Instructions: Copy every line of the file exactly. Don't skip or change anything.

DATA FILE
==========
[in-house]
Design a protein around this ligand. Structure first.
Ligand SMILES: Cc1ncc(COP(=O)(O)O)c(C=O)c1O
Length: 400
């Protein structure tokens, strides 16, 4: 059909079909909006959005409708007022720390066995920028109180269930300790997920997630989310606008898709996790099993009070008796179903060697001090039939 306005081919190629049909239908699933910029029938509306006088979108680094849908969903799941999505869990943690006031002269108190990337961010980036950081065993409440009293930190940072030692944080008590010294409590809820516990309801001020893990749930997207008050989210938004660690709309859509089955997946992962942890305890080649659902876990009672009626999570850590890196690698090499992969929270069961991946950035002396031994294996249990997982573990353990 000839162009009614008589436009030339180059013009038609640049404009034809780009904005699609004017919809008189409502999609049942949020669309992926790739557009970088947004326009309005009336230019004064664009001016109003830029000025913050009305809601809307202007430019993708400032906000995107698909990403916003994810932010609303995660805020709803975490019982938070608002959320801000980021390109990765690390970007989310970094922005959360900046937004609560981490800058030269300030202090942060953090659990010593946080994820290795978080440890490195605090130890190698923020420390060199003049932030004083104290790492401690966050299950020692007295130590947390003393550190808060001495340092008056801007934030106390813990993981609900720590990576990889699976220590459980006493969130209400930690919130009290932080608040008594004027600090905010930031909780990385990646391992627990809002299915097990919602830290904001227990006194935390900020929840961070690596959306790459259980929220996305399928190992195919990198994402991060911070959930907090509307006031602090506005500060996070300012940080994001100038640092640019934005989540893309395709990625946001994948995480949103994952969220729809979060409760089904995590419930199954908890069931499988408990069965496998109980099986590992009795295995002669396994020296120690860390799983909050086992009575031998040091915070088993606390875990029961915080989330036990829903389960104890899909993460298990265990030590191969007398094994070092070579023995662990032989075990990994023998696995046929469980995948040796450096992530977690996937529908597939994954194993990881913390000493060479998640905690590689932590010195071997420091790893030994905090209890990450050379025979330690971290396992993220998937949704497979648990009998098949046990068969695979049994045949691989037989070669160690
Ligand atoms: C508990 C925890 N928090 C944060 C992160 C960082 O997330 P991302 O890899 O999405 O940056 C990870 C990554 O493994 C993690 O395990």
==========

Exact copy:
[in-house]
Design a protein around this ligand. Structure first.
Ligand SMILES: Cc1ncc(COP(=O)(O)O)c(C=O)c1O
Length: 400
């Protein structure tokens, strides 16, 4: 059909079909909006959005409708007022720390066995920028109180269930300790997920997630989310606008898709996790099993009070008796179903060697001090039939 306005081919190629049909239908699933910029029938509306006088979108680094849908969903799941999505869990943690006031002269108190990337961010980036950081065993409440009293930190940072030692944080008590010294409590809820516990309801001020893990749930997207008050989210938004660690709309859509089955997946992962942890305890080649659902876990009672009626999570850590890196690698090499992969929270069961991946950035002396031994294996249990997982573990353990 000839162009009614008589436009030339180059013009038609640049404009034809780009904005699609004017919809008189409502999609049942949020669309992926790739557009970088947004326009309005009336230019004064664009001016109003830029000025913050009305809601809307202007430019993708400032906000995107698909990403916003994810932010609303995660805020709803975490019982938070608002959320801000980021390109990765690390970007989310970094922005959360900046937004609560981490800058030269300030202090942060953090659990010593946080994820290795978080440890490195605090130890190698923020420390060199003049932030004083104290790492401690966050299950020692007295130590947390003393550190808060001495340092008056801007934030106390813990993981609900720590990576990889699976220590459980006493969130209400930690919130009290932080608040008594004027600090905010930031909780990385990646391992627990809002299915097990919602830290904001227990006194935390900020929840961070690596959306790459259980929220996305399928190992195919990198994402991060911070959930907090509307006031602090506005500060996070300012940080994001100038640092640019934005989540893309395709990625946001994948995480949103994952969220729809979060409760089904995590419930199954908890069931499988408990069965496998109980099986590992009795295995002669396994020296120690860390799983909050086992009575031998040091915070088993606390875990029961915080989330036990829903389960104890899909993460298990265990030590191969007398094994070092070579023995662990032989075990990994023998696995046929469980995948040796450096992530977690996937529908597939994954194993990881913390000493060479998640905690590689932590010195071997420091790893030994905090209890990450050379025979330690971290396992993220998937949704497979648990009998098949046990068969695979049994045949691989037989070669160690
Ligand atoms: C508990 C925890 N928090 C944060 C992160 C960082 O997330 P991302 O890899 O999405 O940056 C990870 C990554 O493994 C993690 O395990």